In January of 2013, when the gold price was at its peak (trading in the range of ~ Rs. 32,000/ 10 gram), I had written this in my e-book – The Honest Truth:

. . . . . . “In addition to fixed income and equity investments, there is a lot of buzz about investing in gold and property. The first has some merit but the latter, in my view is unlikely to sustain its rising price in the long run. In any event, when you compare gold vs. other productive categories of investments such as equities, you will realize that equities have consistently outperformed.

What then is the reason for all this hype with the yellow metal? Was it just that people wondered where to put their savings with the equity markets (and mutual funds) performing so poorly over the recent years? Or is it something else? Will gold also see an equity market like crash?”. . . . .

You can download my e-books here.


Then 13 months back in October of 2013, I tried convincing a friend about the merits of equity investing and why he should stay away from investing in gold. After probing to some degree, I have to say that I am unsure if I was able to convince him back then. Let me reproduce the entire chat transcript from back then, verbatim (from messenger):

Rajat: Gold should actually have no price, it’s just a piece of expensive unproductive metal
Sid: While I have the feeler that gold prices are inflated beyond a value but that is true for any equity investment as well, at least holding gold as a collateral there is value due to its scarcity, while equity value is notional
Rajat: Gold is collateral? Why/ How?
Sid: Because there is a value to it, always.
Rajat: Why/ How?
Sid: Equity is far riskier.
Rajat: Why / How?
Sid: Cause it is dependent far more on individuals collectively as well on regulatory environment.
Rajat: Really? How is gold different? Isn’t gold a lot more dependent than equity on these 2 factors? At least 10 times more you would agree?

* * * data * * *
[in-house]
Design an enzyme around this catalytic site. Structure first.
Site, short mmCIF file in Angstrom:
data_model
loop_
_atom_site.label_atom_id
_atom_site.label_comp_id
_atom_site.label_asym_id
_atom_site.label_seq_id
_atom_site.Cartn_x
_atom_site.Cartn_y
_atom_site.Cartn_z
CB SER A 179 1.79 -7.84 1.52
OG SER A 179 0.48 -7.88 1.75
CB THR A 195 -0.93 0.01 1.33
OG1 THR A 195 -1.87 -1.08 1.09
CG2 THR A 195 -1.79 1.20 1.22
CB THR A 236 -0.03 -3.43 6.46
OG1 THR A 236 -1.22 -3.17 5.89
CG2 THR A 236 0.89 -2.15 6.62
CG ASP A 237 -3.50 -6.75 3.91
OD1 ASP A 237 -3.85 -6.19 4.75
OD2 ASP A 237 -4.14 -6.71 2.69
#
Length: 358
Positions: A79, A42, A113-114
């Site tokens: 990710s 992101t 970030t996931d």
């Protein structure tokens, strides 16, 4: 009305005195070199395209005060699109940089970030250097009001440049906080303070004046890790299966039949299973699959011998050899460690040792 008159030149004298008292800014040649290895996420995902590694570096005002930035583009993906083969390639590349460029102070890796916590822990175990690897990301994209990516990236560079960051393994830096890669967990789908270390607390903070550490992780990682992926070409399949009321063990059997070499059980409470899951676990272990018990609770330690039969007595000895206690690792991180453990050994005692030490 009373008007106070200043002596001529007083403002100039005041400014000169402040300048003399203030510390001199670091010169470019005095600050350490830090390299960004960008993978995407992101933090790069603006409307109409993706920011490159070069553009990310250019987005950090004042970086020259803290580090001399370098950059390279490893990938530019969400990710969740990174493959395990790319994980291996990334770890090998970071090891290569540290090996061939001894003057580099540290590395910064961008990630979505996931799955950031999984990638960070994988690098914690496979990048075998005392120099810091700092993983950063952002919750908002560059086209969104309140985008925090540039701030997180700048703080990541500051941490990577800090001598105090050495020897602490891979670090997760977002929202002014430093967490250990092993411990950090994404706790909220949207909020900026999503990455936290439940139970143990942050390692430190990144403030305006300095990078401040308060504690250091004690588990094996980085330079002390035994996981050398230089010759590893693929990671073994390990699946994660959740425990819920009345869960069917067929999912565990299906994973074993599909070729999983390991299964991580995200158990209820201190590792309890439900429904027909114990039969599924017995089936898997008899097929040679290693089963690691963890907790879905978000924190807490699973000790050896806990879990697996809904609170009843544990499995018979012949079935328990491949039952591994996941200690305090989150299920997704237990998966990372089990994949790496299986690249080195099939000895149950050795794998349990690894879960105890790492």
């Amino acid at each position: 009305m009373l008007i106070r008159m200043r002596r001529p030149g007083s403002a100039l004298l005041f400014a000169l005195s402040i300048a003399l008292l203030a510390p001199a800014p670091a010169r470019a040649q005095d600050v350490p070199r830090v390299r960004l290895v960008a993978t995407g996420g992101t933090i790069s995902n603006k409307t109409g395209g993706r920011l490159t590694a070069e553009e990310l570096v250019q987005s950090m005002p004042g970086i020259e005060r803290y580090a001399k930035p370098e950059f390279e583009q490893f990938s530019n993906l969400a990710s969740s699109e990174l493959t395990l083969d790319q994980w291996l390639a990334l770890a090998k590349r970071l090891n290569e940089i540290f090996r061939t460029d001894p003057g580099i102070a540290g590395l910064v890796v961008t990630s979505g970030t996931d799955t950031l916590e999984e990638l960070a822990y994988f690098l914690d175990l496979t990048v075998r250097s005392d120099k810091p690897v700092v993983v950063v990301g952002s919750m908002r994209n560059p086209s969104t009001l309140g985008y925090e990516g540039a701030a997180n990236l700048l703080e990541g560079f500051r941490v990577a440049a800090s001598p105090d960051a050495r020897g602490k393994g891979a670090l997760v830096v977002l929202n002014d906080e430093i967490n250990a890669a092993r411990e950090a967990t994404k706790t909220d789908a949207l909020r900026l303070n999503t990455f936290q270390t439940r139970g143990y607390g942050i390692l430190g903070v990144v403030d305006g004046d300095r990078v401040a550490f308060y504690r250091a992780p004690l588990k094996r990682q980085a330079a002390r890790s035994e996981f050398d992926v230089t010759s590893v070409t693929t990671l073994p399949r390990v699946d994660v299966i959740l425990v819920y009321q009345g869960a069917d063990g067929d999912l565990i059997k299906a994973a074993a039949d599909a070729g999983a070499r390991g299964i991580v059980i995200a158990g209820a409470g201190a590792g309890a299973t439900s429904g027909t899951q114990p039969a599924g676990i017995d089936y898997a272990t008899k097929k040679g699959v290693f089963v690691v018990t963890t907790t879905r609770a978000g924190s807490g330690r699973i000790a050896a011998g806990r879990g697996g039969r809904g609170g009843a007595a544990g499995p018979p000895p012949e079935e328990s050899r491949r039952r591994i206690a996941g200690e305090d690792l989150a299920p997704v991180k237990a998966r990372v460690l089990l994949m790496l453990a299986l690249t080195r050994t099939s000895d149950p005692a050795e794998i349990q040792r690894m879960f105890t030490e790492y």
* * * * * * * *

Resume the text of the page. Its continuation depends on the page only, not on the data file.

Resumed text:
Sid: Gold is a benchmark and if you hold it individually you hold an asset, this rides on the scarcity value of it, it’s simple demand vs. supply equation
Rajat: I think my point was, why the demand for gold? Benchmark?? For what? Let me assure you, gold is neither a benchmark for anything nor does it serve as a reserve. Secondly, platinum and even mercury is more scarce than gold. At one time gold was the base currency, a purpose served by the US dollar now. In my opinion – yes it is demand and supply but the demand for gold is something I don’t understand the reason for.It’s a mad frenzy, gold prices should collapse completely . . . . I mean completely and I don’t mean 5-10% . . . . I mean completely, it’s just a matter of time.
Sid: Other metals are also scarce but there is not much demand for them, since there is demand and resellers and buyers the price of gold remains high.
Rajat: I agree with that!
Sid: E.g. the price of real estate is also based on the resale value, people believe in buying and then selling it and then get buyers for such a high price
Rajat: While I am negative on real estate too, I see an end use there. People live in houses, they are needed. What purpose does gold serve?
Sid: Good point.
Rajat: That’s been my point all along. Why are you buying gold? What purpose does it serve?
Sid: Cause it gives me a good ROI.
Rajat: The funny thing is that not only are you buying gold . . . . . you have convinced yourself that it is great buy. For some inexplicable reason! Read about the tulip bulb craze…you will like it.
Sid: It is based on historical data. Gold price has always appreciated in past.
Rajat: Not true. We did a 10 year study on gold here – Gold vs. Equity vs. Fixed Income
Sid: . . . .and as an asset class it has been there for more than a century.
Rajat: Good on you mate . . . . I’ve got to get back to work . . . . Avoid gold if you can.

To come back to the central thrust of the above discussion:

What Does Gold Achieve to be Priced so High?